Metalloid

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A crystalline ingot of silicon (a metalloid), with reflective bluish faces.

A metalloid is a chemical element with properties that are intermediate between those of metals and nonmetals. The following elements are generally classified as metalloids:[1]: Boron, silicon, germanium, arsenic, antimony, tellurium, and polonium. (There is some debate about whether or not to classify polonium as a metalloid. Because very limited amounts of this element have been available, its properties have been difficult to study.)

Contents

Etymology

The term metalloid is derived from the Greek words metallon, meaning "metal," and eidos, meaning "sort."

Position in the periodic table

In the standard layout of the periodic table, metalloids occur along a diagonal line through the p block, from boron to polonium. Elements to the upper right of this line display increasing nonmetallic behavior; elements to the lower left display increasing metallic behavior. This line is called the "stair-step" or "staircase." The poor metals are to the left and down, and the nonmetals are to the right and up.

Listed in order of increasing atomic number, the metalloids are:

Their positions in the periodic table are shown in the chart below.

13 14 15 16 17
B
Boron
C
Carbon
N
Nitrogen
O
Oxygen
F
Fluorine
Al
Aluminum
Si
Silicon
P
Phosphorus
S
Sulfur
Cl
Chlorine
Ga
Gallium
Ge
Germanium
As
Arsenic
Se
Selenium
Br
Bromine
In
Indium
Sn
Tin
Sb
Antimony
Te
Tellurium
I
Iodine
Tl
Thallium
Pb
Lead
Bi
Bismuth
Po
Polonium
At
Astatine

Overall properties

As noted above, the properties of metalloids are intermediate between those of metals and nonmetals. For instance, arsenic and antimony are crystalline solids that look like metals, but in chemical reactions, they behave as either metals or nonmetals.

The oxides of metalloids are usually amphoteric. By comparison, metals generally form basic oxides, and nonmetals tend to form acidic oxides. Also, several metalloids (particularly boron, silicon, and germanium) behave as semiconductors, implying that they can carry an electric charge under certain conditions. In addition, the electronegativity and ionization energy values for the metalloids lie between those of the metals and nonmetals.

The chemical reactivity of a metalloid depends on the substance with which it is reacting. For example, boron behaves as a nonmetal when reacting with sodium, but it acts as a metal when reacting with fluorine.

Behavior of some allotropes

Most metalloids can exist in the form of several allotropes. For a given metalloid, one allotrope may behave as a metal while another may behave as a nonmetal.

For the element carbon (classified as a nonmetal), its diamond allotrope is clearly nonmetallic, but the graphite allotrope displays limited electric conductivity, more characteristic of a metalloid. Also, some allotropes of phosphorus, tin, selenium, and bismuth have properties that are similar to metalloids.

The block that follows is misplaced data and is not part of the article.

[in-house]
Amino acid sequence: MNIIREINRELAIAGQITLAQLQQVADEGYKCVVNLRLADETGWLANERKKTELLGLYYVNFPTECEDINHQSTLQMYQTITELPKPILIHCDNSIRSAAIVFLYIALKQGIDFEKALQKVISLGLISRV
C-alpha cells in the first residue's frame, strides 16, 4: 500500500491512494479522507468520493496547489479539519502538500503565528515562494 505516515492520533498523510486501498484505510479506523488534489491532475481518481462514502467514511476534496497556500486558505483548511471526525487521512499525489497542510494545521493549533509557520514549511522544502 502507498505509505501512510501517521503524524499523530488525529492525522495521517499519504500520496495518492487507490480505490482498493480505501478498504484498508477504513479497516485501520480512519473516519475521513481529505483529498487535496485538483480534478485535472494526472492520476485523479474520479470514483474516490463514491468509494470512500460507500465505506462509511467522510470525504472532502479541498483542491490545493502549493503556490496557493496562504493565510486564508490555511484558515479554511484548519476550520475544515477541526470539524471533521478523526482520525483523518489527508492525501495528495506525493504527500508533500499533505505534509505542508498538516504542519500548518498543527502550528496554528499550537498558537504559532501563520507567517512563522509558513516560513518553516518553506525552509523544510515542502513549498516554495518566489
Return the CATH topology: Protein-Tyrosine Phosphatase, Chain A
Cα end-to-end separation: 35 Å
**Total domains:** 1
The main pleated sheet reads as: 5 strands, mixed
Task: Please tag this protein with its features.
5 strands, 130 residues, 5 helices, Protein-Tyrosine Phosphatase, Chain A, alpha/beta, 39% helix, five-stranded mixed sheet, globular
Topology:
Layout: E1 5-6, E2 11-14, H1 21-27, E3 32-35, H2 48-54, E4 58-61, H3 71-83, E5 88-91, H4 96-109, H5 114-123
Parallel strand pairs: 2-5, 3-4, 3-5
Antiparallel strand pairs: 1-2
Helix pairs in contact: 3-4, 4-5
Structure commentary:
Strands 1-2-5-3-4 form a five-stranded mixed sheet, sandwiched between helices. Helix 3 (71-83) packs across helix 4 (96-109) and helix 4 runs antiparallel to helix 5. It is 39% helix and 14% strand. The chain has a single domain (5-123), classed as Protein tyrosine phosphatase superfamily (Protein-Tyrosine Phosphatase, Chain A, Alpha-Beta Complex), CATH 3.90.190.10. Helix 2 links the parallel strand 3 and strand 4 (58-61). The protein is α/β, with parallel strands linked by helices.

Metalloid or semiconductor?

The concepts of metalloid and semiconductor should not be confused with each other. Although some metalloids are semiconductors, not all semiconductors are metalloids. The term "metalloid" refers to the properties of certain elements of the periodic table. The term "semiconductor" refers to the physical properties of materials (including alloys and compounds). There is only partial overlap between the two.

See also

Notes

  1. Chemical Elements, Periodic Table: Metalloids. Retrieved July 23, 2008.

References

  • Brown Jr., Theodore L., H. Eugene LeMay, Bruce Edward Bursten, and Julia R. Burdge. 2002. Chemistry: The Central Science, 9th edition. Upper Saddle River, NJ: Prentice Hall. ISBN 0130669970.
  • Chang, Raymond. 2006. Chemistry, 9th edition. New York: McGraw-Hill Science/Engineering/Math. ISBN 0073221031.
  • Cotton, F. Albert, and Geoffrey Wilkinson. 1980. Advanced Inorganic Chemistry, 4th edition. New York: Wiley. ISBN 0-471-02775-8.
  • Greenwood, N.N., and A. Earnshaw. 1997. Chemistry of the Elements, 2nd edition. Oxford: Butterworth-Heinemann, Elsevier Science. ISBN 0750633654.

External links


Periodic tables

Standard table | Vertical table | Table with names | Names and atomic masses (large) | Names and atomic masses (small) | Names and atomic masses (text only) | Inline F-block | Elements to 218 | Electron configurations | Metals and non metals | Table by blocks | List of elements by name
Groups:   1 -  2 -  3 -  4 -  5 -  6 -  7 -  8 -  9 - 10 - 11 - 12 - 13 - 14 - 15 - 16 - 17 - 18
Periods:  1  -  2  -  3  -  4  -  5  -  6  -  7  -  8
Series:   Alkalis  -  Alkaline earths  -  Lanthanides  -  Actinides  -  Transition metals  -  Poor metals  -  Metalloids  -  Nonmetals  -  Halogens  -  Noble gases
Blocks:  s-block  -  p-block  -  d-block  -  f-block  -  g-block

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